Happy March, ladies! I have lots of great updates – both, related to the app and outside of it, but all related to World Pulse, of course!
Starting with the app, the field work side has been developing very well. I was invited to an event where young women from economically disadvantaged backgrounds in the state were chosen to receive scholarships. I got to speak with them, and was given the opportunity to train them on digital tools and to talk to them about violence sensitization. I was gladdened to note that they all had smartphones and are very clued in on using apps. The institution that awarded them said that they could consider getting into a year-long engagement with me, where I can return on a fortnightly basis to train more and more women. They have a network of over thirty thousand women across Tamil Nadu, and are part of a larger network that reaches out to 100,000 women across South India. I’m really kicked about this, because it means that the more women there are that are aware of the app, and aware of how to use digital tools to reclaim their voice, the greater impact we are having.
On the app! We’ve run into a little tech-glitch, and it’s been an interesting test for me to see how I evaluate my own choices, my comprehension of technology and my capacity to be optimistic. It doesn't seem like it is too much of a glitch and work is underway to set it right. What I’ve gathered during this time, though, is that it is always important to understand that technology is part of the journey, not the destination, and so you not only need to work with back-ups, but also understand that it is evolutionary. I love that these opportunities are coming my way because they have taught me a lot about patience, about new things that come our way, and about developing resilience.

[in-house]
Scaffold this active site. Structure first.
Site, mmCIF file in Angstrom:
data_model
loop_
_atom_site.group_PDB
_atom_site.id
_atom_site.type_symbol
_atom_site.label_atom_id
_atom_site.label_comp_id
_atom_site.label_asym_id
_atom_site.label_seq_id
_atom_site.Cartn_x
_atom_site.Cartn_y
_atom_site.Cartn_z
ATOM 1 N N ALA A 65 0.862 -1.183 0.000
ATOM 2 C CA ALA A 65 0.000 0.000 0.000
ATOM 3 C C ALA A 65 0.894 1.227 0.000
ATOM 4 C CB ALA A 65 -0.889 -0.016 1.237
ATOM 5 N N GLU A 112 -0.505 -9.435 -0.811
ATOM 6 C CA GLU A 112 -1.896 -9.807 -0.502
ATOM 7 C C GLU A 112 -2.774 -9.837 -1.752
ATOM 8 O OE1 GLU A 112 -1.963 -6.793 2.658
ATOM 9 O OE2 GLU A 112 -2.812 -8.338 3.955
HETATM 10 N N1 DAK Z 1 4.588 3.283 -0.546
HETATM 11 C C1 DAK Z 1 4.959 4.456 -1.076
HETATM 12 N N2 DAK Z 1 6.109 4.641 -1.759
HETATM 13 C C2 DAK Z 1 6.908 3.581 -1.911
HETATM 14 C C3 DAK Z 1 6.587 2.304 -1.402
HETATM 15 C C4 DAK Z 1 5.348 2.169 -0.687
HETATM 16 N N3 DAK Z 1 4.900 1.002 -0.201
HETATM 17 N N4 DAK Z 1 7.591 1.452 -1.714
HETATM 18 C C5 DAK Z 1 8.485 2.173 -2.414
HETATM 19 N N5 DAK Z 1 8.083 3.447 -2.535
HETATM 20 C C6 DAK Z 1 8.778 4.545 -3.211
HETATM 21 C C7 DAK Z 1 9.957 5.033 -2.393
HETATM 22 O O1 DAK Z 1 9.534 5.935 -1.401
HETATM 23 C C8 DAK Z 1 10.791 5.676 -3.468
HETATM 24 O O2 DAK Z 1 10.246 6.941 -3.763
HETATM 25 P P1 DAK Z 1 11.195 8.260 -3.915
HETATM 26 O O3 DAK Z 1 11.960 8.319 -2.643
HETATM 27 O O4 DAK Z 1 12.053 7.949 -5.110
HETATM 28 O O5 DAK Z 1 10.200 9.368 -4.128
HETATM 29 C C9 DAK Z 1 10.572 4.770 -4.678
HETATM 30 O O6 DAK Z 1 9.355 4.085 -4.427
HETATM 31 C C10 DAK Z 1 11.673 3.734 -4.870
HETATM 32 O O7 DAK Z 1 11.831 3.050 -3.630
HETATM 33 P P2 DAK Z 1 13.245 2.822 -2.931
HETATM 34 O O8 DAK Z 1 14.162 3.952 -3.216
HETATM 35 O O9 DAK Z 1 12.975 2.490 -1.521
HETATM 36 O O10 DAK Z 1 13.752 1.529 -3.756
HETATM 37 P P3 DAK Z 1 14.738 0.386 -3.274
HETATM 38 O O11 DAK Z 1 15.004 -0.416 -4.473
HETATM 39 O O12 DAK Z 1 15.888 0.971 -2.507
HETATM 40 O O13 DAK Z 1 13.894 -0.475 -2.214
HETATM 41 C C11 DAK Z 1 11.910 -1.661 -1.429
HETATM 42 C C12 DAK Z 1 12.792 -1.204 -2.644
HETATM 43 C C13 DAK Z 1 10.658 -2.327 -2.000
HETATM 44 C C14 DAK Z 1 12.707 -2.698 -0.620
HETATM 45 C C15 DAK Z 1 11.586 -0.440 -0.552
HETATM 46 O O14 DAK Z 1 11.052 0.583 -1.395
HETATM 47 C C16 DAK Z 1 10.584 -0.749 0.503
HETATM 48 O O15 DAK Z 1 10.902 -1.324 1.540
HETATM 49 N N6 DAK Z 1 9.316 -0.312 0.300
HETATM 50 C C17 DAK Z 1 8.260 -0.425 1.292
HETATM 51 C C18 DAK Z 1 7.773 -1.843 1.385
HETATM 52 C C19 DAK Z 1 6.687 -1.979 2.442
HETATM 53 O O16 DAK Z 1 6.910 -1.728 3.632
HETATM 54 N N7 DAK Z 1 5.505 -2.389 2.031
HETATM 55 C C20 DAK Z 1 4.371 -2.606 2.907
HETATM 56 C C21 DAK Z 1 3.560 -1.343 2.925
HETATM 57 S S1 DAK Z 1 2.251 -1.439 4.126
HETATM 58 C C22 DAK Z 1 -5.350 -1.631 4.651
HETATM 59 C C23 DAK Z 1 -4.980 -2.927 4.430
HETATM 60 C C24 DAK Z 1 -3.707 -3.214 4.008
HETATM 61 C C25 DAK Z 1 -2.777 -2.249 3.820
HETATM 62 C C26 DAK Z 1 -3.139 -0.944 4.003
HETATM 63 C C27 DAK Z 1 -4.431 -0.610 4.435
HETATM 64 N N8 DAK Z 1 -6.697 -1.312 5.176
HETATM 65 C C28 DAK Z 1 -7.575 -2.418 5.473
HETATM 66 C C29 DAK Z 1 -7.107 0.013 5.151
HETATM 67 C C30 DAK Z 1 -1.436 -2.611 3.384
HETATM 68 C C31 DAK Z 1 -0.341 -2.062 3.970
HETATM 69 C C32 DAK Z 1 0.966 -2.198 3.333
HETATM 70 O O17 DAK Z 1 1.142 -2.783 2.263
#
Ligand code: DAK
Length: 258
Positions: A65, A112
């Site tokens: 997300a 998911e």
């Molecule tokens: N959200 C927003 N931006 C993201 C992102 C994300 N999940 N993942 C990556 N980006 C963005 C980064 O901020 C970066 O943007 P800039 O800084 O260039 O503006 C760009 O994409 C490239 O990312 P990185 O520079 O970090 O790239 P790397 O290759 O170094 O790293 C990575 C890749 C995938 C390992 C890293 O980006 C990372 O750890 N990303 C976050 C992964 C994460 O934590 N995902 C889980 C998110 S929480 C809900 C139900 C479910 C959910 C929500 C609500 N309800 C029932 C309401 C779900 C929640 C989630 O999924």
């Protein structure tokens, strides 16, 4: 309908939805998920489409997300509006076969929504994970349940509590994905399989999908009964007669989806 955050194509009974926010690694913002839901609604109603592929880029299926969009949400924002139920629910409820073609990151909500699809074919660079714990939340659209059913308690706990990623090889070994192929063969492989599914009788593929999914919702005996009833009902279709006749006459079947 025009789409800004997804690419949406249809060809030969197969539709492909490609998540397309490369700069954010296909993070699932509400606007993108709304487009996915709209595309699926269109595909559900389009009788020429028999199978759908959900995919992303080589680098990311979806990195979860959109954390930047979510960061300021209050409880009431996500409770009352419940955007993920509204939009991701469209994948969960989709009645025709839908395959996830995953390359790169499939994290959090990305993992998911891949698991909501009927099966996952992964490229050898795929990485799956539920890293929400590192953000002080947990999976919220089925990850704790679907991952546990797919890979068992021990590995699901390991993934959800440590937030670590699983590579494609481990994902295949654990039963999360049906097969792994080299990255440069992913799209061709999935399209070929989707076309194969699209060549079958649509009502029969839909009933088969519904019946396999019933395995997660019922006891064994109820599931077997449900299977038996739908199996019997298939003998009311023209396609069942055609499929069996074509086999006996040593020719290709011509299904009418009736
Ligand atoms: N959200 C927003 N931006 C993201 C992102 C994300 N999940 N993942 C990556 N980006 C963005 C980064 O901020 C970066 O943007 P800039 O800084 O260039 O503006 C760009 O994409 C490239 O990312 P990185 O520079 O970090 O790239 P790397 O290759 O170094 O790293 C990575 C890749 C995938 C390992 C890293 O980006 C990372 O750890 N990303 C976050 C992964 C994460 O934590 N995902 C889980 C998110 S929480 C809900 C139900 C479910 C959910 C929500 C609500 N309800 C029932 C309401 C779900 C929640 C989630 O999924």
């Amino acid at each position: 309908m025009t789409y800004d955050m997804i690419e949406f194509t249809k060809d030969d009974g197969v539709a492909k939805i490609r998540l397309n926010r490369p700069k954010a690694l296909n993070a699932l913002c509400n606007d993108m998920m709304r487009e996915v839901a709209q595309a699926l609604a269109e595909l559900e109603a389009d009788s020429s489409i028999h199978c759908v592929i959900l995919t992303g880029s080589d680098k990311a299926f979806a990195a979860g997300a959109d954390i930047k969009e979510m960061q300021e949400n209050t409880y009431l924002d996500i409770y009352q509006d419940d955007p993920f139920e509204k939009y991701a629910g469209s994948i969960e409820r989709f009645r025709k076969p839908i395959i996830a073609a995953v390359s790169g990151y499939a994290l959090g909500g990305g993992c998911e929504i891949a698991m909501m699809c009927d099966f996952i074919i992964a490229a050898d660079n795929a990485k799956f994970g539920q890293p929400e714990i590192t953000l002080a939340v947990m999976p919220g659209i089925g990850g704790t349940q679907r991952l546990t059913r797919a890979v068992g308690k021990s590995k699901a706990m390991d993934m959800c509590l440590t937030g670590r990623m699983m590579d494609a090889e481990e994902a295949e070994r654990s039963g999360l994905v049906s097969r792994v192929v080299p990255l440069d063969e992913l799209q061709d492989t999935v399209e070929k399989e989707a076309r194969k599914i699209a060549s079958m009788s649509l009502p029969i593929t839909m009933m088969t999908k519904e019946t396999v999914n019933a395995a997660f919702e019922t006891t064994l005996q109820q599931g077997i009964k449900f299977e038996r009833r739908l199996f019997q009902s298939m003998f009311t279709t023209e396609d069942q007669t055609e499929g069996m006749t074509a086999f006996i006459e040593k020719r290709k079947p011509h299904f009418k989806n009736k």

SO! In the meantime, I took all the experiential advice into account and built my own back up using a really cool online program called “Snappy Appy Pie” that helps me put the app together, all by myself. This is especially cool because I can not only work on the tools and the flow, but also create something that is versatile and easy flowing in terms of how it can be put to use – which means, that there is a versatile front end that can be used to fit highly geolocated specifics - which works very well because we can build campus and corporate ambassadors to suit specific geographically specific requirements.